The Israeli government has approved the construction of 2,070 new settlement units in the occupied West Bank, local media reported.
Israel’s Civil Administration said at least 696 of the units were approved for construction, while1,262 were advanced through an earlier planning stage known as a “deposit”.
According to Israeli organisation Peace Now, 14,454 settlement units in the West Bank have been approved since US President Donald Trump took office, which is more than three times the amount that was approved in the year and a half before his inauguration (4,476 units).
Peace Now condemned the Netanyahu government for taking advantage of the “carte blanche” the Trump administration has given it in order to destroy the chances for peace.
“It is well-known that for a two-state solution to be feasible, Israel will have to withdraw from most of the West Bank. Yet the government keeps raising the political cost of this redeployment and the evictions it will entail,” the organisation said.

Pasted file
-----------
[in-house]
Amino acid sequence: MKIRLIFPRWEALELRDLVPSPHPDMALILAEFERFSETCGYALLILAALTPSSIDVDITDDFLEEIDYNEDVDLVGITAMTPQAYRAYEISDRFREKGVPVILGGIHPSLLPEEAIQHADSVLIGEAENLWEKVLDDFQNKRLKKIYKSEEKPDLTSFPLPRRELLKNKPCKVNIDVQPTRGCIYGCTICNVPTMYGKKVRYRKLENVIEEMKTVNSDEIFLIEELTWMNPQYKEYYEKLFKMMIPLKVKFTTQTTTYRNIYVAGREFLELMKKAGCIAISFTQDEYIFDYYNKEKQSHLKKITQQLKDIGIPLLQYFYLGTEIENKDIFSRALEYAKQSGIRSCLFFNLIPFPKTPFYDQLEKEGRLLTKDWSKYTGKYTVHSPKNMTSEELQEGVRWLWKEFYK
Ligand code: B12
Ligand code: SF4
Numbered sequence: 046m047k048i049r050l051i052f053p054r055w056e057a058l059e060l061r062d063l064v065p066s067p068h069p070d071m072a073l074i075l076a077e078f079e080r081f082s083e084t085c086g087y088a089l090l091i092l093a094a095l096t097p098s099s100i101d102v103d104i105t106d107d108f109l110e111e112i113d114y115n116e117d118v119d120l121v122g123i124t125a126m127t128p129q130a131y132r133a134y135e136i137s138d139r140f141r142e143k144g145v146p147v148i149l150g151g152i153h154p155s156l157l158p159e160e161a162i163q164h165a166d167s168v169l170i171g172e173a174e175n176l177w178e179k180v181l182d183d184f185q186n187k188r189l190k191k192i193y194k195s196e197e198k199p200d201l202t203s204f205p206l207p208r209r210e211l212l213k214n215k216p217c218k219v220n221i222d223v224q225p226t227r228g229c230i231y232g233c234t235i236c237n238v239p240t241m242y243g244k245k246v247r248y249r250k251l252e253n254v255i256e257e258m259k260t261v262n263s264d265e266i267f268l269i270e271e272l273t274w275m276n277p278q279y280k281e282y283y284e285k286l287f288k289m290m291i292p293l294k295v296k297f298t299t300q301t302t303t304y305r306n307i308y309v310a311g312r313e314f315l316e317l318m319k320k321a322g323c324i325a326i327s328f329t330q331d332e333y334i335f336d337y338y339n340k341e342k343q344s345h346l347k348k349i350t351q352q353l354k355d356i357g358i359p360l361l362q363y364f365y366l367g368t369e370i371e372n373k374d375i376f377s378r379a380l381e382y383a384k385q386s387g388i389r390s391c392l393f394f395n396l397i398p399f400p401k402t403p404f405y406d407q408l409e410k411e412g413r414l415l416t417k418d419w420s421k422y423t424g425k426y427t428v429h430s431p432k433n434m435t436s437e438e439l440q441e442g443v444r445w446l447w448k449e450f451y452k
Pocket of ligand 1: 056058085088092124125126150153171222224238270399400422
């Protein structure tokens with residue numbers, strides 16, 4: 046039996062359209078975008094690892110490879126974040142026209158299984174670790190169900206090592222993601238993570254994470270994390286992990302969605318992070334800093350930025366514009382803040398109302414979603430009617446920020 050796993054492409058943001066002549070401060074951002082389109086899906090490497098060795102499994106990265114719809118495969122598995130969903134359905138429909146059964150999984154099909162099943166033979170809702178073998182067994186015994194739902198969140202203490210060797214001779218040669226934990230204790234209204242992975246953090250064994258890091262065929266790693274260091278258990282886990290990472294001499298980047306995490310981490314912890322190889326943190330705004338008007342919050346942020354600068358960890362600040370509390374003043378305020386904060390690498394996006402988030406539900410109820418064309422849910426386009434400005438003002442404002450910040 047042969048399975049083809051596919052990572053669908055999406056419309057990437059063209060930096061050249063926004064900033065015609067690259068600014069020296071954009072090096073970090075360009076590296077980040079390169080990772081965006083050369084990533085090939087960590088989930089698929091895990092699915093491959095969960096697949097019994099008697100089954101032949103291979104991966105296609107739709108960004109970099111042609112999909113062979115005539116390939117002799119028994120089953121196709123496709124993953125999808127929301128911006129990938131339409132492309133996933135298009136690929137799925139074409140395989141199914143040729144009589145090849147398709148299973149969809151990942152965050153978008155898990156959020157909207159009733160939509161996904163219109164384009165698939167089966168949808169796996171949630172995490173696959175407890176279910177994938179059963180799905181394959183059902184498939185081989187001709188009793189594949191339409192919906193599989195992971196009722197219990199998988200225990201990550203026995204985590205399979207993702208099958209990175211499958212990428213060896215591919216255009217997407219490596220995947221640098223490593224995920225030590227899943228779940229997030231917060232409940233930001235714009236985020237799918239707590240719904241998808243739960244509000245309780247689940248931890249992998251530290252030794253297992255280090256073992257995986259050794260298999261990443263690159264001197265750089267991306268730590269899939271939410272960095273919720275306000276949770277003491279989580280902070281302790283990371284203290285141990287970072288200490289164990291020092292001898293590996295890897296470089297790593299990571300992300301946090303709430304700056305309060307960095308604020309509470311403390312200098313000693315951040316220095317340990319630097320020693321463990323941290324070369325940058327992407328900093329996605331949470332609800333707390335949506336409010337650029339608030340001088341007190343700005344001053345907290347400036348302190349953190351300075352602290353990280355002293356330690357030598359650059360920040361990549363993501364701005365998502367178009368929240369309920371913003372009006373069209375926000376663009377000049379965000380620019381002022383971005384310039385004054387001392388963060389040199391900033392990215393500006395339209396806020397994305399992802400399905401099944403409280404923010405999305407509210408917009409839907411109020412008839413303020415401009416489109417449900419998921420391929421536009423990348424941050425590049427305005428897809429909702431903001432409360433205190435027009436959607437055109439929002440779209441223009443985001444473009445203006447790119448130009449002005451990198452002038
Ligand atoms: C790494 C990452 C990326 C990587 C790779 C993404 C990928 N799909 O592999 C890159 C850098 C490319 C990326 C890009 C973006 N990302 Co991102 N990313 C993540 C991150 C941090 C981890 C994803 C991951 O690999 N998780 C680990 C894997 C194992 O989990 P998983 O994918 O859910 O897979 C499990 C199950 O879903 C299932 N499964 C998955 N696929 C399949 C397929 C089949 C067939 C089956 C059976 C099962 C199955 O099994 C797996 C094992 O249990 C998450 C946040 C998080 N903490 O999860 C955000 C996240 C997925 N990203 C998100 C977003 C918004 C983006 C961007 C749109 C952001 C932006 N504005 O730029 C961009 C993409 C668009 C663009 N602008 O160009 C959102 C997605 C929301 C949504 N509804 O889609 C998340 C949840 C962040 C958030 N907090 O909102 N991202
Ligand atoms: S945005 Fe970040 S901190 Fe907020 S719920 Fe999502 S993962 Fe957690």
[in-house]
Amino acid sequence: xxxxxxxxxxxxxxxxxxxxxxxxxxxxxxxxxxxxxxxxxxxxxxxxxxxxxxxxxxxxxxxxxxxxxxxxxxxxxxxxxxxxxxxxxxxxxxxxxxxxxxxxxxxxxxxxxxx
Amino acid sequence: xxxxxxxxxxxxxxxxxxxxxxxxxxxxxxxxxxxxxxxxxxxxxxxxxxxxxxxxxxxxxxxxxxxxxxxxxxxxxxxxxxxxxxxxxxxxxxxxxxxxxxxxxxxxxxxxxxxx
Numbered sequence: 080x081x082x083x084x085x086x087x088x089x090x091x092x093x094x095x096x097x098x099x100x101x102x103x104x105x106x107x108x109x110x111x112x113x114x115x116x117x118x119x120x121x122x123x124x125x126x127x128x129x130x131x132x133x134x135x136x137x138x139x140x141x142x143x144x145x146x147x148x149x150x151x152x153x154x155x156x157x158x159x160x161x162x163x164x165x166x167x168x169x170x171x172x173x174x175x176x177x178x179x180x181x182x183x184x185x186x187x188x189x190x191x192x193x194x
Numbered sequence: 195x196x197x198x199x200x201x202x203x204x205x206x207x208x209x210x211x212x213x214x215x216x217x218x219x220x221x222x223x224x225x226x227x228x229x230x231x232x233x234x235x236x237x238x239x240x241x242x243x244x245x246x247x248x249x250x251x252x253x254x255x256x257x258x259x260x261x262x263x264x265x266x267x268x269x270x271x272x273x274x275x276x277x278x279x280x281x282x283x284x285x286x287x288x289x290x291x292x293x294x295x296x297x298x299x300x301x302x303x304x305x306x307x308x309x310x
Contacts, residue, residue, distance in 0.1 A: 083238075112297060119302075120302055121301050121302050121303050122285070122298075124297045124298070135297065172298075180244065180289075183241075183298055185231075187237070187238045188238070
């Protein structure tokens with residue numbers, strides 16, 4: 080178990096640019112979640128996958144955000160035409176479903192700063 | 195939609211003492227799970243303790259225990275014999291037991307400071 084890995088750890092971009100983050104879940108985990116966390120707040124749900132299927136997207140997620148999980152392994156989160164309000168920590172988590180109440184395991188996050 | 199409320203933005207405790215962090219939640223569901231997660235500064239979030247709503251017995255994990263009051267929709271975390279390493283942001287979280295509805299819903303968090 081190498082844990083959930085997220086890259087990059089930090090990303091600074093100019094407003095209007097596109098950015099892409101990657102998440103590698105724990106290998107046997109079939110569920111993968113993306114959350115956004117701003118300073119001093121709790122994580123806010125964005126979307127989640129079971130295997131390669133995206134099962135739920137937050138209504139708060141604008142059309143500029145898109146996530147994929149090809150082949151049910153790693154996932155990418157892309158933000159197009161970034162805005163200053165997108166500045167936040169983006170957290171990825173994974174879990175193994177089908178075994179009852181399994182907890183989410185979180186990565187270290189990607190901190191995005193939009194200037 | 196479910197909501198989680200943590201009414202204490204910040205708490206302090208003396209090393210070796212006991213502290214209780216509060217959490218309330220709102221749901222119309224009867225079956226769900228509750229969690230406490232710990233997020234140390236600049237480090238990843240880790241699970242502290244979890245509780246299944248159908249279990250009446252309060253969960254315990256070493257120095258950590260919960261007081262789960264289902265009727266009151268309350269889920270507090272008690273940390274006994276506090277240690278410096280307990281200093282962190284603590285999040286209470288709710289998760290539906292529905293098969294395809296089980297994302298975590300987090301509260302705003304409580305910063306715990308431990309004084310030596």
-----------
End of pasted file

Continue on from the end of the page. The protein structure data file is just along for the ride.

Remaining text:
Under international law, settlements in occupied territories are considered illegal. Earlier this month, the Palestinian Authority government decided to file a war crimes complaint against Israel with the International Criminal Court over its settlement construction on land claimed by the Palestinians for their future state.
The White House released a statement on Wednesday, suggesting that Israel will scale back on future settlement construction in order to allow a US peace plan to progress.
“The president has made his position on new settlement activity clear, and we encourage all parties to continue to work towards peace,” a White House spokesperson told The Times of Israel.
“The Israeli government has made clear that going forward, its intent is to adopt a policy regarding settlement activity that takes the president’s concerns into consideration.”
“The United States welcomes this. As the president has said repeatedly, the administration is firmly committed to pursuing a comprehensive peace between Israelis and Palestinians.”
Source: Al Jazeera